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A new vision for Canadian art at the AGO

October 3rd, 2017

Photo: Samuel Engelking, NOW Magazine

Did you hear? Last week we re-named our Canadian art department and appointed two curators to new positions. Now called the department of Indigenous and Canadian Art, the AGO has named Georgiana Uhlyarik its Fredrik S. Eaton Curator, Canadian Art (previously Associate Curator of Canadian Art) and Wanda Nanibush its Curator, Indigenous Art (formerly the Assistant Curator of Canadian and Indigenous Art).

Beside the name changes, what does this all mean?

The department of Indigenous and Canadian art will build upon the strength of the Thomson Collection of Canadian Art, the Sarick Collection of Inuit Art and the Gallery’s renowned collection of art ranging from historic to contemporary, with a strengthened commitment to Indigenous art, including First Nations, Inuit and Métis. The team will continue to focus on bringing Canadian and Indigenous art to the world, adding to the successes achieved when presenting Emily Carr at the Musée d’Orsay in Paris and David Milne at the Pinacoteca do Estado de São Paulo, Brazil.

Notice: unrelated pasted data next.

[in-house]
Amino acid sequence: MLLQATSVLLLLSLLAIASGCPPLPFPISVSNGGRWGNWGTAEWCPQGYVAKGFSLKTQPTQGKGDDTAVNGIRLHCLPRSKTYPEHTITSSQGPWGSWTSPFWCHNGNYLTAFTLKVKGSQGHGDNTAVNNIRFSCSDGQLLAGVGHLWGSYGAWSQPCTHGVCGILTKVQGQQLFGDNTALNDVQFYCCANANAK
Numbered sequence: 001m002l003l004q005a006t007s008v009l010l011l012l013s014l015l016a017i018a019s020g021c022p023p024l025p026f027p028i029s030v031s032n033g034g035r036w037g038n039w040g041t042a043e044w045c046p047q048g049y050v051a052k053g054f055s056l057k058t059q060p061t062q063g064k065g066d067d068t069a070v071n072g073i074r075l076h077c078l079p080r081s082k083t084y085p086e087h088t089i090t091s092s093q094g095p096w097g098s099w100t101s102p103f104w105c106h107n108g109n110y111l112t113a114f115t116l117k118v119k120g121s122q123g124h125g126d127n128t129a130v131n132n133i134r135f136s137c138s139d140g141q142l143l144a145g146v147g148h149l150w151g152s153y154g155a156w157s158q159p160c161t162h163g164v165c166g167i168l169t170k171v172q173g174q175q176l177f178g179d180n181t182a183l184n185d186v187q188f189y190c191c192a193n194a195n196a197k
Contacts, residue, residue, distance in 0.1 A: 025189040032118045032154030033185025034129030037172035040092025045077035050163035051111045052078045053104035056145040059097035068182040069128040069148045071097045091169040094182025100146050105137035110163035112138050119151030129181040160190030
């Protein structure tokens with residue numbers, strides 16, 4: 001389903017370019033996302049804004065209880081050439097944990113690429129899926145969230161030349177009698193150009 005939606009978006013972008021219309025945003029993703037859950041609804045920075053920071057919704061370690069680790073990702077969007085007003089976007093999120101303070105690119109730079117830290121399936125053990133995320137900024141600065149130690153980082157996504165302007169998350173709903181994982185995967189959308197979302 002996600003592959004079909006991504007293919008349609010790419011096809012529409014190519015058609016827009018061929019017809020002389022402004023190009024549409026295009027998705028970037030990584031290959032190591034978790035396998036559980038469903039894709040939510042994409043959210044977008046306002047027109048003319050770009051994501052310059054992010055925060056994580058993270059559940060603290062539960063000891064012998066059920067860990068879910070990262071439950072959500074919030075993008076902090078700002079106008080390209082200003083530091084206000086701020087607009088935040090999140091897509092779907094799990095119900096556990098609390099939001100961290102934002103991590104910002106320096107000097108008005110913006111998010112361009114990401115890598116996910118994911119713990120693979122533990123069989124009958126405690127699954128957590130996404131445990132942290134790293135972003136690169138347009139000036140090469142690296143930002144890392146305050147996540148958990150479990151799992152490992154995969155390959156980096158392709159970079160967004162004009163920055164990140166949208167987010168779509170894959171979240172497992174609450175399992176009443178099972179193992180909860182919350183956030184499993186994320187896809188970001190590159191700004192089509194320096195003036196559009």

Georgiana has been a member of the Gallery’s curatorial department since 2004, with a specialty in women artists of the Americas. Her most recent contributions to the AGO include the successful exhibitions Georgia O’Keeffe, Rita Letendre: Fire and Light, Introducing Suzy Lake and the upcoming Florine Stettheimer: Painting Poetry.

Wanda has been working with the AGO for three years (two as an independent curator and one as a permanent staff member), and her promotion recognizes her outstanding contributions to our exhibition program including Toronto: Tributes + Tributaries, 1971-1989 and Rita Letendre: Fire & Light. In this new role, Wanda will lead the AGO’s strategic direction as a leading presenter of Indigenous art. She is currently working on an AGO exhibition of works by Gershon Iskowitz Prize-winning artist Rebecca Belmore, set to open in 2018 (and it’s not one you’ll want to miss).

Together Wanda and Georgiana are set to make some exciting and meaningful changes. We’re happy to make a firm commitment to giving Indigenous art and culture their proper place in relation to Canadian art – we can’t wait to see what these two do!

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